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Nocturnal epilepsy is a seizure disorder in which seizures occur only while sleeping[1]. Several common forms of epilepsy, including frontal lobe epilepsy, can manifest in a nocturnal state.


The condition may be difficult to diagnose. The subject himself/herself may be unaware s/he is having a seizure disorder[2]. To others, the involuntary movements made during sleep may appear no different than those typical to normal sleep[3].

One who suffers a nocturnal seizure may notice some unusual differences upon awakening in the morning, such as a headache, having wet his/her bed, having bit his/her tongue, a bone or joint injury, or lightheadedness. Others may notice unusual mental behaviors with the person, consistent with the aftermath of a seizure[4].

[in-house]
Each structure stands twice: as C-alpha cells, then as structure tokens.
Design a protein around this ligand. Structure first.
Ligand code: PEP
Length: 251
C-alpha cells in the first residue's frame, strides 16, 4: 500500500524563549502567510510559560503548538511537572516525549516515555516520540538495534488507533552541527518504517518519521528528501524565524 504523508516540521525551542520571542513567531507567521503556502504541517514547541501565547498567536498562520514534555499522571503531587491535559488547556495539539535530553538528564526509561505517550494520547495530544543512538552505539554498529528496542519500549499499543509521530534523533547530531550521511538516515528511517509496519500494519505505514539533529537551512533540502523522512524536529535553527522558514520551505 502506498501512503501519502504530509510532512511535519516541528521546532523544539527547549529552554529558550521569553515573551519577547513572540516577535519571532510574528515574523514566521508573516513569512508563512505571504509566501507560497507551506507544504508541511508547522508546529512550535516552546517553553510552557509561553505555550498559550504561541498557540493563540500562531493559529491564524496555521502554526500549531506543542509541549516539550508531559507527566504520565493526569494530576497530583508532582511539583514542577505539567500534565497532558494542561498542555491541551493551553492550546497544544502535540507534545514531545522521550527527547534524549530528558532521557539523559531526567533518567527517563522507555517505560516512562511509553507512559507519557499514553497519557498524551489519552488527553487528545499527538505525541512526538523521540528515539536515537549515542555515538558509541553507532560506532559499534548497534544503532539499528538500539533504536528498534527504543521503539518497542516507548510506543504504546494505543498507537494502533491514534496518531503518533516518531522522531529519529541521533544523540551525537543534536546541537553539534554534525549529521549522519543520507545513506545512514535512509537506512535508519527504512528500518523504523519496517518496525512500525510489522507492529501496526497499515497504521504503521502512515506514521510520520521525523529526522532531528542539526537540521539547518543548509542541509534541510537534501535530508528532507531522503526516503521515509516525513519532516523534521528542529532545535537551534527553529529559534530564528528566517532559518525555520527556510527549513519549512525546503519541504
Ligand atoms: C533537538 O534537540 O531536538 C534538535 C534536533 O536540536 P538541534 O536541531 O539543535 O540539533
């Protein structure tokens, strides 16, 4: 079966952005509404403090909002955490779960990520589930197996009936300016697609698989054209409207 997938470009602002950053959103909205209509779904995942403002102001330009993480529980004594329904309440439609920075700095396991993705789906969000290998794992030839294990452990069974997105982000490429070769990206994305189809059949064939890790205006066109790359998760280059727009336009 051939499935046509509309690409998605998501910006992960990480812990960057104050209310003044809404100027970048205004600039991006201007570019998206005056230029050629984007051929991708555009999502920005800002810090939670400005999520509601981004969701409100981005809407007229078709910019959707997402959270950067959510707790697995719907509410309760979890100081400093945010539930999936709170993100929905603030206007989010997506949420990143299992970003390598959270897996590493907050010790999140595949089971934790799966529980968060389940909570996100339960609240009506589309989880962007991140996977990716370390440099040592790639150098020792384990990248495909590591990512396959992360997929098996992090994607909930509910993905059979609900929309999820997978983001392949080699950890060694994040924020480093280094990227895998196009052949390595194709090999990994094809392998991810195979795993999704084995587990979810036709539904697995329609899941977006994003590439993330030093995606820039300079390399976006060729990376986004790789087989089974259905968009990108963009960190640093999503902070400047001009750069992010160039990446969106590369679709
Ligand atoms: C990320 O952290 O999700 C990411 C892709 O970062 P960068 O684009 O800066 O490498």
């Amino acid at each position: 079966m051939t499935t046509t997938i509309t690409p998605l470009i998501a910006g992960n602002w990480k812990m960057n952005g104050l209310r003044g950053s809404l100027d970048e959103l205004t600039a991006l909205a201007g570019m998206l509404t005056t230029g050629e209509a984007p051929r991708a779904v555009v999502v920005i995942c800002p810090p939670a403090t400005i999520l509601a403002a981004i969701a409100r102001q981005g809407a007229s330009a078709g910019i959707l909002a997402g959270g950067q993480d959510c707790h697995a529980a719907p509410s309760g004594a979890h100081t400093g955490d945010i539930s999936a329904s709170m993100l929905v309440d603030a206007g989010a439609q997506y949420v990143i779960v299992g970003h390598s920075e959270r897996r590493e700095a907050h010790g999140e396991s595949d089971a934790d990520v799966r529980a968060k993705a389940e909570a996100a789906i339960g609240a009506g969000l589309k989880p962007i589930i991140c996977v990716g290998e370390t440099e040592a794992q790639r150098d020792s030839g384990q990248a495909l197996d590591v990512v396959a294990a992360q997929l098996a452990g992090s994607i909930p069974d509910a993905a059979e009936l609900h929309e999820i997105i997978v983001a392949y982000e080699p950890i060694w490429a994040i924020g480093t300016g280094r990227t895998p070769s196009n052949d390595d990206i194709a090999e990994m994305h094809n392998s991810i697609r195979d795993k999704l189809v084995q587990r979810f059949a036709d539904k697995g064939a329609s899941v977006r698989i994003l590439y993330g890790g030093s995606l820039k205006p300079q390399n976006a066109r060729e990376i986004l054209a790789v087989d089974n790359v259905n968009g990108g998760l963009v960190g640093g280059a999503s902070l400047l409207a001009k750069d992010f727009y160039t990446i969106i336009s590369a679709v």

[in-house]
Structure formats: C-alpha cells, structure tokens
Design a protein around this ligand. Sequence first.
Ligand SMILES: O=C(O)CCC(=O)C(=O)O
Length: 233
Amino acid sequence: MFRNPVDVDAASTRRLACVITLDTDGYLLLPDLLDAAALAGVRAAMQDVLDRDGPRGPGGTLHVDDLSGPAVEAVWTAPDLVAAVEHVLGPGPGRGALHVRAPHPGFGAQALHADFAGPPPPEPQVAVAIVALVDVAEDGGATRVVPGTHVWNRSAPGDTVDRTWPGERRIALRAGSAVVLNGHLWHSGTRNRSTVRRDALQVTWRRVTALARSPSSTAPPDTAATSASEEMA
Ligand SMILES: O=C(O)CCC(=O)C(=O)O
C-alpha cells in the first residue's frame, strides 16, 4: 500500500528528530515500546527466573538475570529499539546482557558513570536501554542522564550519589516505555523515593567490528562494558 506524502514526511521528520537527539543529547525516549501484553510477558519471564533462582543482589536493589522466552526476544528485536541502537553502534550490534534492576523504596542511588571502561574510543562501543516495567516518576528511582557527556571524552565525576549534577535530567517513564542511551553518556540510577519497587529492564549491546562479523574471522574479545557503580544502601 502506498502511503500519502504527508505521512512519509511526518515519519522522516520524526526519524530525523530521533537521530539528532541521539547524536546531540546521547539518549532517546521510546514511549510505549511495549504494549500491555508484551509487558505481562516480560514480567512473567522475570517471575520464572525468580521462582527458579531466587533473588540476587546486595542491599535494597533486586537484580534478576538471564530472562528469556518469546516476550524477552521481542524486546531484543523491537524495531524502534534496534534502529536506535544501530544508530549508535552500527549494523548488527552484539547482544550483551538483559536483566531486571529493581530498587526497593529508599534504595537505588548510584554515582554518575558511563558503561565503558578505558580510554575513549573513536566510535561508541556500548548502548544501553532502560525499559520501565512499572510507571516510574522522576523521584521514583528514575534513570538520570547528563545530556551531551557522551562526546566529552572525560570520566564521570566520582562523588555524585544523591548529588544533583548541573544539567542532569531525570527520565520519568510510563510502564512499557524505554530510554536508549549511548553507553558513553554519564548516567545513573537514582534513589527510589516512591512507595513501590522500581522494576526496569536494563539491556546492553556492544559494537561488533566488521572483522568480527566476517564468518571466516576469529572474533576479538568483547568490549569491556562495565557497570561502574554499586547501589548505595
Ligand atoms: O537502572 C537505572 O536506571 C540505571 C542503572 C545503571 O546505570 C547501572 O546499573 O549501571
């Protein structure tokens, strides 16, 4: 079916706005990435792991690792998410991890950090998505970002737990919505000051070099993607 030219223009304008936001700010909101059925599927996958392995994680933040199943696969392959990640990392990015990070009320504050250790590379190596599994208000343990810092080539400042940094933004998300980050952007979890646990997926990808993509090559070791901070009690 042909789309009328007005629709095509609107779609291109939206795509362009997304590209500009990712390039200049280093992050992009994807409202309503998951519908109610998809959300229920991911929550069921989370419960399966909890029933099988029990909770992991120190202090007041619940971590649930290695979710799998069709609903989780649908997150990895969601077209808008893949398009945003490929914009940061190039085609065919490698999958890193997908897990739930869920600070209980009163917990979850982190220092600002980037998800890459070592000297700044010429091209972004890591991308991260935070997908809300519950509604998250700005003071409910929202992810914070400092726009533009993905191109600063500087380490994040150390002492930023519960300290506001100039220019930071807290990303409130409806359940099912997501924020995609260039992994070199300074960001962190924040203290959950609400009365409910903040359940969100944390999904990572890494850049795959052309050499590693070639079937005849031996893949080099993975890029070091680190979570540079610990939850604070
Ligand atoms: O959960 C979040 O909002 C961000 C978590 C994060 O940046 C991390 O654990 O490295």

Like other forms of epilepsy, noctural epilepsy can be treated with anticonvulsants. Carbamazepine has been found to work the best[5].


  • Manford, Mark (2003), Practical Guide to Epilepsy, Butterworth-Heinemann, ISBN 0750646217  

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